Geochemistry

Supernova Grains Identified in the Lab

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Science  03 May 2013:
Vol. 340, Issue 6132, pp. 526
DOI: 10.1126/science.340.6132.526-a
CREDIT: NASA/JPL-CALTECH/O. KRAUSE/STEWARD OBSERVATORY

Primitive meteorites contain grains of materials that predate the formation of the solar system. These materials—which include, among others, diamond, graphite, and various oxides and silicates—were present in the molecular cloud from which the Sun and the solar system formed and were later incorporated into primitive solar system solids. Presolar grains are identified by their unusual isotopic compositions, which can only be explained if they formed outside the solar system, in the outflows or explosions of other stars. Using nano secondary ion mass spectrometry (NanoSIMS) and Auger electron spectroscopy, Haenecour et al. report the identification of two silica (SiO2) grains in the primitive meteorites LaPaz 031117 and Grove Mountains 021710. The oxygen isotopic composition of these two grains is different from those of previously identified presolar SiO2 grains, and it indicates that the two grains originated from core collapse supernovae: the thermonuclear explosions that end the lives of stars heavier than eight times the mass of the Sun. The presence of SiO2 dust in matter ejected by such explosions was predicted by theoretical models; recent observations by NASA's Spitzer Space telescope have also suggested their presence in supernova remnants.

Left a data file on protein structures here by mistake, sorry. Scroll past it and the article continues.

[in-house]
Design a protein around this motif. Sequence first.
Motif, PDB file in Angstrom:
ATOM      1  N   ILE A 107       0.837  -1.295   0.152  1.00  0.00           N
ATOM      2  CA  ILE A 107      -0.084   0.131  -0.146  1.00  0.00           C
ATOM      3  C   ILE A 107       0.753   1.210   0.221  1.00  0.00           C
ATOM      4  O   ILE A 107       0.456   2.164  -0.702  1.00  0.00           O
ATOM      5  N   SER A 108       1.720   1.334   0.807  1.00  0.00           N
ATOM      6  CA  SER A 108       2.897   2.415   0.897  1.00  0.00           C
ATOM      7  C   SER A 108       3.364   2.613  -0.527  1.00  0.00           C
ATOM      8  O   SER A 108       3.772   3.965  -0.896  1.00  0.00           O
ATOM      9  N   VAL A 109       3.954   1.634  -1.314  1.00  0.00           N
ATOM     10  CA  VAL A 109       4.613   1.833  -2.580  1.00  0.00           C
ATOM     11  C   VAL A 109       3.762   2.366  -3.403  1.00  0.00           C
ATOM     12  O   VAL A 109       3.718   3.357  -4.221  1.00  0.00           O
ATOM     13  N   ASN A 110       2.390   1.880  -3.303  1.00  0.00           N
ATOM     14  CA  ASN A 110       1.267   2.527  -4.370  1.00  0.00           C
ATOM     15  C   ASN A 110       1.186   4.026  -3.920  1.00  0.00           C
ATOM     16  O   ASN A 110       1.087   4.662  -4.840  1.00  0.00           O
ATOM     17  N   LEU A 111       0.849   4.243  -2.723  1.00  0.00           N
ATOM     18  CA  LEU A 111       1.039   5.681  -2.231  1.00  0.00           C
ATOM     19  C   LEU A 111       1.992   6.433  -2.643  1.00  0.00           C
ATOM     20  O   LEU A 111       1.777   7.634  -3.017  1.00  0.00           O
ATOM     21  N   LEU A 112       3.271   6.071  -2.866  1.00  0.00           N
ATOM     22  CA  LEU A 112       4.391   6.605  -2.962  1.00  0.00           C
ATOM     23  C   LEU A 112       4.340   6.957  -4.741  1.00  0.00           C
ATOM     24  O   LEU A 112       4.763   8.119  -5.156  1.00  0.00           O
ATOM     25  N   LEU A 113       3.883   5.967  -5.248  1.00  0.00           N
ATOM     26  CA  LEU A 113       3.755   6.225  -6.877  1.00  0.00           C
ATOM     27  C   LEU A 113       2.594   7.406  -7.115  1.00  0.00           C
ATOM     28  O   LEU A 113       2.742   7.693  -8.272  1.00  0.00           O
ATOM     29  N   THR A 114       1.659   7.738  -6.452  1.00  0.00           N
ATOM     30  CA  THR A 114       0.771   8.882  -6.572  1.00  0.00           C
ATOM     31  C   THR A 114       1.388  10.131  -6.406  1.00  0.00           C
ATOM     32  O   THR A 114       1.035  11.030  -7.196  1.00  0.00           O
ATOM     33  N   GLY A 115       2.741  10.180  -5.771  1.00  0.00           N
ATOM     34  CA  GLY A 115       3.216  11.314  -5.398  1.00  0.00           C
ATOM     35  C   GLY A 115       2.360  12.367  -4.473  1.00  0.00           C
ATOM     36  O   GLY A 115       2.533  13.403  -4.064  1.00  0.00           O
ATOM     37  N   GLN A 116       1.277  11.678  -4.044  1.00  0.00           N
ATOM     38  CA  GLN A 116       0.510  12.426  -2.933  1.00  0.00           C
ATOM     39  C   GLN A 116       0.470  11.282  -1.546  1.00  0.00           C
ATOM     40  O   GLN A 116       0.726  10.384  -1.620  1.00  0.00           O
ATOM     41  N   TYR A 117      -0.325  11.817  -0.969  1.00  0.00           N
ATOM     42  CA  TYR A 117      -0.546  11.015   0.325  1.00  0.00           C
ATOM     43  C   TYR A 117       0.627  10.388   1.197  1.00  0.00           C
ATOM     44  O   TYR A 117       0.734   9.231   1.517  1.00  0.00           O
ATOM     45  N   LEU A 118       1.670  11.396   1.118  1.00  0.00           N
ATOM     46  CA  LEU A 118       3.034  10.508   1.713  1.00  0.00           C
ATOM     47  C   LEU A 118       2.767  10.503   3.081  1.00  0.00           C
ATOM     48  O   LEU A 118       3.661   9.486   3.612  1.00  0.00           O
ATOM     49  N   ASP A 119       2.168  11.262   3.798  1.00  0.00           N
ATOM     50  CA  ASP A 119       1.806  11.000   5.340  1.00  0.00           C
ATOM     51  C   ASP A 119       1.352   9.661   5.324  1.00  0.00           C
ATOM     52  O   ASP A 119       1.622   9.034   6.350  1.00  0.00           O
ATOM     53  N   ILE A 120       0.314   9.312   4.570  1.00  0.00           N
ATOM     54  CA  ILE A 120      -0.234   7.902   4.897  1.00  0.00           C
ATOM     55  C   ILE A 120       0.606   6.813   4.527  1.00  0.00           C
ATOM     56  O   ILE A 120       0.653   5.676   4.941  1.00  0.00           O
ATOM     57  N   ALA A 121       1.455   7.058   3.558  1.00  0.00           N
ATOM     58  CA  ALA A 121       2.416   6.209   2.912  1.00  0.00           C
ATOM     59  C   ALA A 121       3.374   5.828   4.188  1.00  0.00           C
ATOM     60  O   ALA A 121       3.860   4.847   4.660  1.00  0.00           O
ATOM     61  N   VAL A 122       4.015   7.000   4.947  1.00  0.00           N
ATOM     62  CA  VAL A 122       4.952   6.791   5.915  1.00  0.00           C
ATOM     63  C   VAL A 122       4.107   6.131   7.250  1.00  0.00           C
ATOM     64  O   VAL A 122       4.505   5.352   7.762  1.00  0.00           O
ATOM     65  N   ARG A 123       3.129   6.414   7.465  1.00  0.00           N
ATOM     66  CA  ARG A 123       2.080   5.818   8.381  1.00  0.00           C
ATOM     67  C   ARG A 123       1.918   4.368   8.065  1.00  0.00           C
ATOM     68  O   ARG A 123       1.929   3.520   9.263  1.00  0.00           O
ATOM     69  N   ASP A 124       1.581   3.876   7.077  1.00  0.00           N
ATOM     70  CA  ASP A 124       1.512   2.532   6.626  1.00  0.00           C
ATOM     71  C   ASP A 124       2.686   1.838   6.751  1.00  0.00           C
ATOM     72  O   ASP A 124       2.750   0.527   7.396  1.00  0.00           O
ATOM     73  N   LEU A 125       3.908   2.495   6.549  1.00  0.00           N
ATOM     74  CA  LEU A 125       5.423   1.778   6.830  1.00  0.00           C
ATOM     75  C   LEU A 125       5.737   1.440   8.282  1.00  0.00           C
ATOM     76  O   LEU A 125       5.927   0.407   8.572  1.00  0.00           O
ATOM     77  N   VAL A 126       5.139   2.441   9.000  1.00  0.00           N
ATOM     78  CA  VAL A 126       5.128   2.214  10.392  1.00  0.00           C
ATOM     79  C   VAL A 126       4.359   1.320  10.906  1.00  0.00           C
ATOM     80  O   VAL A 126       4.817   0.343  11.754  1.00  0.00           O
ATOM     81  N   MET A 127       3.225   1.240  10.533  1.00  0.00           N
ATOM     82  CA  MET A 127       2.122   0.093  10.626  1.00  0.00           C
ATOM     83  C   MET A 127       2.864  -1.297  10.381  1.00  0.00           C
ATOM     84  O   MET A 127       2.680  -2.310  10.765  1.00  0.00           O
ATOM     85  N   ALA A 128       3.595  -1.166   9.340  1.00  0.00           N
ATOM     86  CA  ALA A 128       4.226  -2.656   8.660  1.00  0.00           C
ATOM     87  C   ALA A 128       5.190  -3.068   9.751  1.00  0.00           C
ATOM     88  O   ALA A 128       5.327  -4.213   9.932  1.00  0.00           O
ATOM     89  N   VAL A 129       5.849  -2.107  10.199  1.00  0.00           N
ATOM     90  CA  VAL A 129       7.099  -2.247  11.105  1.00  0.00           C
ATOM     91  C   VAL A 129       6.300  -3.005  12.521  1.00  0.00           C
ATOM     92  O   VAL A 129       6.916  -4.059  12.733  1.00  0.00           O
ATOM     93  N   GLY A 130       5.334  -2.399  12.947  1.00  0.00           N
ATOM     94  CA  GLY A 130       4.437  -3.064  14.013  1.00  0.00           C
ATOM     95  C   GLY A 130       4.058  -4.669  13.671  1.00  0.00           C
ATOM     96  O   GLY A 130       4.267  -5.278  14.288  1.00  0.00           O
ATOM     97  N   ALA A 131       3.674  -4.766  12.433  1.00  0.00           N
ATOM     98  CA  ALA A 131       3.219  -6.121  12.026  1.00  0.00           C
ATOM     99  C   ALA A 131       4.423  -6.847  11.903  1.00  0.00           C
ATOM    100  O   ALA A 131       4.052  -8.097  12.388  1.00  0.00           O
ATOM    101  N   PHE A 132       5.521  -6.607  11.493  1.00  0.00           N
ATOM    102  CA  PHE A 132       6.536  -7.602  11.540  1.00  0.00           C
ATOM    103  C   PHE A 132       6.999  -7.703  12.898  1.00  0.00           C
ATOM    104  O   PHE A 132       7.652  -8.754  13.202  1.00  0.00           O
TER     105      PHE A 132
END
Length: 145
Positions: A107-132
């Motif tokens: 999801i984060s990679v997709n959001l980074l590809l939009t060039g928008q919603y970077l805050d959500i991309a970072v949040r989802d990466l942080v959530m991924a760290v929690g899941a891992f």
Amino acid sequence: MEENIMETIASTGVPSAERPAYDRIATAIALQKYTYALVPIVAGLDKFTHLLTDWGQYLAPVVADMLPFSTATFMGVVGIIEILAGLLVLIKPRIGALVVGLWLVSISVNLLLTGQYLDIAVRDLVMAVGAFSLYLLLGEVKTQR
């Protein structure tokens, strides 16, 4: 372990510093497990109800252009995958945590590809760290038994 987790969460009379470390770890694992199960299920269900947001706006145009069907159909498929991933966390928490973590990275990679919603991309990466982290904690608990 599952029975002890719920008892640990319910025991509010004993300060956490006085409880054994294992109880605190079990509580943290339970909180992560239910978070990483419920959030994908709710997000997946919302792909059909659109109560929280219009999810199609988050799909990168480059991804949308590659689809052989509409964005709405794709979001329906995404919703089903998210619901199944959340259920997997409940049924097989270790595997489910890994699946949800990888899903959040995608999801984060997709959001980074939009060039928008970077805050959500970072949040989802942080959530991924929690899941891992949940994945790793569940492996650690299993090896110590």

Astrophys. J. 768, L17 (2013).

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